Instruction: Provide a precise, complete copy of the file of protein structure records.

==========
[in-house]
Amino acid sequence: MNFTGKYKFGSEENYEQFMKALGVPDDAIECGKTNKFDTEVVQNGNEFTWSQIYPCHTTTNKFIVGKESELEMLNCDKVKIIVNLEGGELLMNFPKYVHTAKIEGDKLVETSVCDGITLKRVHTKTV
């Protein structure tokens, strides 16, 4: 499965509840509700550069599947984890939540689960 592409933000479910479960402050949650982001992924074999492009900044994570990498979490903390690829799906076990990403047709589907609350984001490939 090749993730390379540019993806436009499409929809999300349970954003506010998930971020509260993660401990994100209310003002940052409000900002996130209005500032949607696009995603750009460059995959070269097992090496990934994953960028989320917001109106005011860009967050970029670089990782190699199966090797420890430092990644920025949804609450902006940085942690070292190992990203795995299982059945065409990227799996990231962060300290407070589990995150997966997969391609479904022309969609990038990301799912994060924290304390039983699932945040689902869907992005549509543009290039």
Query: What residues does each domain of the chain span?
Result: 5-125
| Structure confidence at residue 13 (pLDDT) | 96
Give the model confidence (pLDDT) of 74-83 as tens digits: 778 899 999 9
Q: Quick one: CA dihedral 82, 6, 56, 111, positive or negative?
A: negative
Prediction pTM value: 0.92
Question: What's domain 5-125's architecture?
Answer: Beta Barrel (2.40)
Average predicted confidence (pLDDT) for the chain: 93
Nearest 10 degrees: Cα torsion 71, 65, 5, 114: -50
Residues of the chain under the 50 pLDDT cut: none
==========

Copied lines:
[in-house]
Amino acid sequence: MNFTGKYKFGSEENYEQFMKALGVPDDAIECGKTNKFDTEVVQNGNEFTWSQIYPCHTTTNKFIVGKESELEMLNCDKVKIIVNLEGGELLMNFPKYVHTAKIEGDKLVETSVCDGITLKRVHTKTV
């Protein structure tokens, strides 16, 4: 499965509840509700550069599947984890939540689960 592409933000479910479960402050949650982001992924074999492009900044994570990498979490903390690829799906076990990403047709589907609350984001490939 090749993730390379540019993806436009499409929809999300349970954003506010998930971020509260993660401990994100209310003002940052409000900002996130209005500032949607696009995603750009460059995959070269097992090496990934994953960028989320917001109106005011860009967050970029670089990782190699199966090797420890430092990644920025949804609450902006940085942690070292190992990203795995299982059945065409990227799996990231962060300290407070589990995150997966997969391609479904022309969609990038990301799912994060924290304390039983699932945040689902869907992005549509543009290039």
Query: What residues does each domain of the chain span?
Result: 5-125
| Structure confidence at residue 13 (pLDDT) | 96
Give the model confidence (pLDDT) of 74-83 as tens digits: 778 899 999 9
Q: Quick one: CA dihedral 82, 6, 56, 111, positive or negative?
A: negative
Prediction pTM value: 0.92
Question: What's domain 5-125's architecture?
Answer: Beta Barrel (2.40)
Average predicted confidence (pLDDT) for the chain: 93
Nearest 10 degrees: Cα torsion 71, 65, 5, 114: -50
Residues of the chain under the 50 pLDDT cut: none